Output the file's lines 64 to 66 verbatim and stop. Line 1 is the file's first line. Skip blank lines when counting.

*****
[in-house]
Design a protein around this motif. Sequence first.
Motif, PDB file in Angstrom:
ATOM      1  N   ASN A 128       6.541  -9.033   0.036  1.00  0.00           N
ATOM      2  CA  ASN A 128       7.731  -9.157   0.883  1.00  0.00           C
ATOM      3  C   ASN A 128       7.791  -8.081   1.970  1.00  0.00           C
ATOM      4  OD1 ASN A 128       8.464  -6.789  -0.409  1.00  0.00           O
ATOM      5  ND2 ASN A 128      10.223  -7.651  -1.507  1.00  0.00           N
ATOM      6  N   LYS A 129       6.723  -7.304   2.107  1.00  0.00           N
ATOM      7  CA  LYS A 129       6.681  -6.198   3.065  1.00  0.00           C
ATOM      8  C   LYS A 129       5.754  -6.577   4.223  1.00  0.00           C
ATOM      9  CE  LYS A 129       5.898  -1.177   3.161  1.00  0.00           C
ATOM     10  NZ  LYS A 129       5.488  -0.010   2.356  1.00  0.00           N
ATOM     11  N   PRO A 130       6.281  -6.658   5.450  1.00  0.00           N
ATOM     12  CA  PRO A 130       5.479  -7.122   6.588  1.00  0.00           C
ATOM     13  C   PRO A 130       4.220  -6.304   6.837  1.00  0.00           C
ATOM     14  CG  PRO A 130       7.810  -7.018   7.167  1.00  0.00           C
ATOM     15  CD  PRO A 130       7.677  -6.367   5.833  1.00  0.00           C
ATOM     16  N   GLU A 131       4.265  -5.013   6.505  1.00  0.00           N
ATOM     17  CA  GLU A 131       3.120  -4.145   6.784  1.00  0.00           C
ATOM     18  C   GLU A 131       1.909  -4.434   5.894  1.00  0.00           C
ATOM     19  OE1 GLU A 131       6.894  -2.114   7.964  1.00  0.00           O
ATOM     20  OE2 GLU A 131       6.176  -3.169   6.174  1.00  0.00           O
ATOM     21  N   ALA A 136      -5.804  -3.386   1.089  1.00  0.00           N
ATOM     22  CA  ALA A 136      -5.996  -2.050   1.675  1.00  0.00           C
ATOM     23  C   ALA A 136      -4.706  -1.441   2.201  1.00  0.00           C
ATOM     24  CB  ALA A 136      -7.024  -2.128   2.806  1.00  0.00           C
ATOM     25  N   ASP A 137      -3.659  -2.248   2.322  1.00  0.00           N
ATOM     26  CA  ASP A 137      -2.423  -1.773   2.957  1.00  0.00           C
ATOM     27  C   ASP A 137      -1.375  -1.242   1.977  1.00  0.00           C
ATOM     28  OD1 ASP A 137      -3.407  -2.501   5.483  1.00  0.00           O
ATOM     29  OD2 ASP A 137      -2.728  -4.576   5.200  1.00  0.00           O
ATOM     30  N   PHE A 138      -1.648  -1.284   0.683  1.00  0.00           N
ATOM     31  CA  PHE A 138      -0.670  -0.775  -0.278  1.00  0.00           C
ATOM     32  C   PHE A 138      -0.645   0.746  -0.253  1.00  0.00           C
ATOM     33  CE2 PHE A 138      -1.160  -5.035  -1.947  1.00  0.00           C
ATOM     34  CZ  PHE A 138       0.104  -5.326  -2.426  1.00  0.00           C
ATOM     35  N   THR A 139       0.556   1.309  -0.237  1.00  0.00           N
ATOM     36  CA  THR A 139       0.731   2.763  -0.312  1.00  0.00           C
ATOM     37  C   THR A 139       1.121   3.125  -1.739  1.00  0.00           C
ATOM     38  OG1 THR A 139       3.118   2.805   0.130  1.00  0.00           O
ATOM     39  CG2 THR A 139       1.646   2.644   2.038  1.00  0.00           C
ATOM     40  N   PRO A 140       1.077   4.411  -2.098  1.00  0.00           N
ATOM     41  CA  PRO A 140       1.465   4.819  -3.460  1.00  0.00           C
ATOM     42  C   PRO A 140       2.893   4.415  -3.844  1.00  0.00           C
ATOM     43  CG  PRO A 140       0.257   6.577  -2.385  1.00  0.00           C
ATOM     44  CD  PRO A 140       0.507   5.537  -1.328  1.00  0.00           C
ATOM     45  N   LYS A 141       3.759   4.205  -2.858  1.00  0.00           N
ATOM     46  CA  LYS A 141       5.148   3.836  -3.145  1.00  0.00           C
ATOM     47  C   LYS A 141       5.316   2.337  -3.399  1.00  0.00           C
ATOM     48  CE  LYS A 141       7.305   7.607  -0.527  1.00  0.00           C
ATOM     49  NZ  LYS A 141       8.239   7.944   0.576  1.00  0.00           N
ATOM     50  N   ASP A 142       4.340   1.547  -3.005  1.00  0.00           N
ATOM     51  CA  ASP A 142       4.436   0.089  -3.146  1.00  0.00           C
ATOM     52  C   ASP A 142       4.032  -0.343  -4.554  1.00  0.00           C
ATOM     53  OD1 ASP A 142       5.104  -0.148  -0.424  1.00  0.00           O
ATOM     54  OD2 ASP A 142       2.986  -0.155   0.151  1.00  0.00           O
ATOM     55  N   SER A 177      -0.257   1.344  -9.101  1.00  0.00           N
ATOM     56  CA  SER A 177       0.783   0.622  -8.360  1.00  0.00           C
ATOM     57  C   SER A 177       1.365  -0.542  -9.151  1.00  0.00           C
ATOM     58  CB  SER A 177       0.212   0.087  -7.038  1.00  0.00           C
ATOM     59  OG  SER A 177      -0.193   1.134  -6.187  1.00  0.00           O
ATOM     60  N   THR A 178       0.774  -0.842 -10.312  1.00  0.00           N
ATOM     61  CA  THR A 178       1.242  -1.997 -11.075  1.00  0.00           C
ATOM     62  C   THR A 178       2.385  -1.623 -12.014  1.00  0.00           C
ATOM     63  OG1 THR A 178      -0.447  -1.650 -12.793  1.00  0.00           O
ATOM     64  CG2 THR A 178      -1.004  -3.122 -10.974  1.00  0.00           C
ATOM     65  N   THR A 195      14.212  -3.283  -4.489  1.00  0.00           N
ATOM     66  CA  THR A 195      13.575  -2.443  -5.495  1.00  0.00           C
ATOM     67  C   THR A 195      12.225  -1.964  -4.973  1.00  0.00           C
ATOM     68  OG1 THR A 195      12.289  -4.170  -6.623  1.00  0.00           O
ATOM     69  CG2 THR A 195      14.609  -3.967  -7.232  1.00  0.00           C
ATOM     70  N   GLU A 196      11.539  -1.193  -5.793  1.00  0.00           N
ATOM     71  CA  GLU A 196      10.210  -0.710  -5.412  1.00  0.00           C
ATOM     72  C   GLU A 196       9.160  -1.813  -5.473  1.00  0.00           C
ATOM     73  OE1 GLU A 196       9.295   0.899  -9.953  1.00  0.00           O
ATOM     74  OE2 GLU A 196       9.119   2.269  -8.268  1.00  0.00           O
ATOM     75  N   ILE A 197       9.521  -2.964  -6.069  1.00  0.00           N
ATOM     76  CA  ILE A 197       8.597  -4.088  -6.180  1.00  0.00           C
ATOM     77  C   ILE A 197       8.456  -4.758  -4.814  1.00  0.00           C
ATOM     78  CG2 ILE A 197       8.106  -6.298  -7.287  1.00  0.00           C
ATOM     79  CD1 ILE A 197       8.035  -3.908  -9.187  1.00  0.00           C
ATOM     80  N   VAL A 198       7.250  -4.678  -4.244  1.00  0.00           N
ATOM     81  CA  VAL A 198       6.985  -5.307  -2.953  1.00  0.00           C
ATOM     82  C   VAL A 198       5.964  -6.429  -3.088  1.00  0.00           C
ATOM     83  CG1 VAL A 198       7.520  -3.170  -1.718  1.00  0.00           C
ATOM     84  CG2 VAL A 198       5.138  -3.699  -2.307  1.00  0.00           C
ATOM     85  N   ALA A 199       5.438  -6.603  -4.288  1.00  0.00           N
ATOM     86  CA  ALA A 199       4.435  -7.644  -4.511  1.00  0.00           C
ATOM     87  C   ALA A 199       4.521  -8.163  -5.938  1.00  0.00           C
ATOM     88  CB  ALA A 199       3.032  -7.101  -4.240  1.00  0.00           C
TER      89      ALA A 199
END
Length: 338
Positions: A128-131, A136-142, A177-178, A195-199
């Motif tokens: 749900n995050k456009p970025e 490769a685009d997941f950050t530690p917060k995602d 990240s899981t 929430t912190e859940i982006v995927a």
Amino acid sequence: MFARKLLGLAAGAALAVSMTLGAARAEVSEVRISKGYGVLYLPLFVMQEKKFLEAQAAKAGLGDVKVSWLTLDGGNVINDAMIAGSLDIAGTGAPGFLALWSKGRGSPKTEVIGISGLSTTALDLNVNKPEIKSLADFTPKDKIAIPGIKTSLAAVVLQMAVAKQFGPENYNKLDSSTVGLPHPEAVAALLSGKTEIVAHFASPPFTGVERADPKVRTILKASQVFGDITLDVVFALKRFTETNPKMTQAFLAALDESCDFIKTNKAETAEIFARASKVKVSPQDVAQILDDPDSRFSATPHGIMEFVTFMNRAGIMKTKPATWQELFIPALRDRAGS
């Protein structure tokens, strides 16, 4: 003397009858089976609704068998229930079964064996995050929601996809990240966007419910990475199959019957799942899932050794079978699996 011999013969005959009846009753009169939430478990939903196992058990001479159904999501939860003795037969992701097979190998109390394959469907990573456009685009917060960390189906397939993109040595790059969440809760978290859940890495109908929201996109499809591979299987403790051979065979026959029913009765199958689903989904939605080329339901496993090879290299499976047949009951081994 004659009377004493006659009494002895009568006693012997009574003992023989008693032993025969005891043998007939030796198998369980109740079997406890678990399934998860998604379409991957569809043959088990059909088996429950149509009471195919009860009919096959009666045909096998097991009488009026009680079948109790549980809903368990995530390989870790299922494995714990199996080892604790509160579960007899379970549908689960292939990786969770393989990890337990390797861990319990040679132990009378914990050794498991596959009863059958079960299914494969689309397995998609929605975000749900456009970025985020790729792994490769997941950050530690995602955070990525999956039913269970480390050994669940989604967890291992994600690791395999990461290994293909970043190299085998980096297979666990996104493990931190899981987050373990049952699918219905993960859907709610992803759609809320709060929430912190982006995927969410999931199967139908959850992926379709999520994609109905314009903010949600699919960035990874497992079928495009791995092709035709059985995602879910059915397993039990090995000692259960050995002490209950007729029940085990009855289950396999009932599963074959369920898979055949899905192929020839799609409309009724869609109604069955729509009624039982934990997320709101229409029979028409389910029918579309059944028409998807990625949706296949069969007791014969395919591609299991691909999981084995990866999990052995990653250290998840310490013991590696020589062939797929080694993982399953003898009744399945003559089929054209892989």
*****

ATOM     61  CA  THR A 178       1.242  -1.997 -11.075  1.00  0.00           C
ATOM     62  C   THR A 178       2.385  -1.623 -12.014  1.00  0.00           C
ATOM     63  OG1 THR A 178      -0.447  -1.650 -12.793  1.00  0.00           O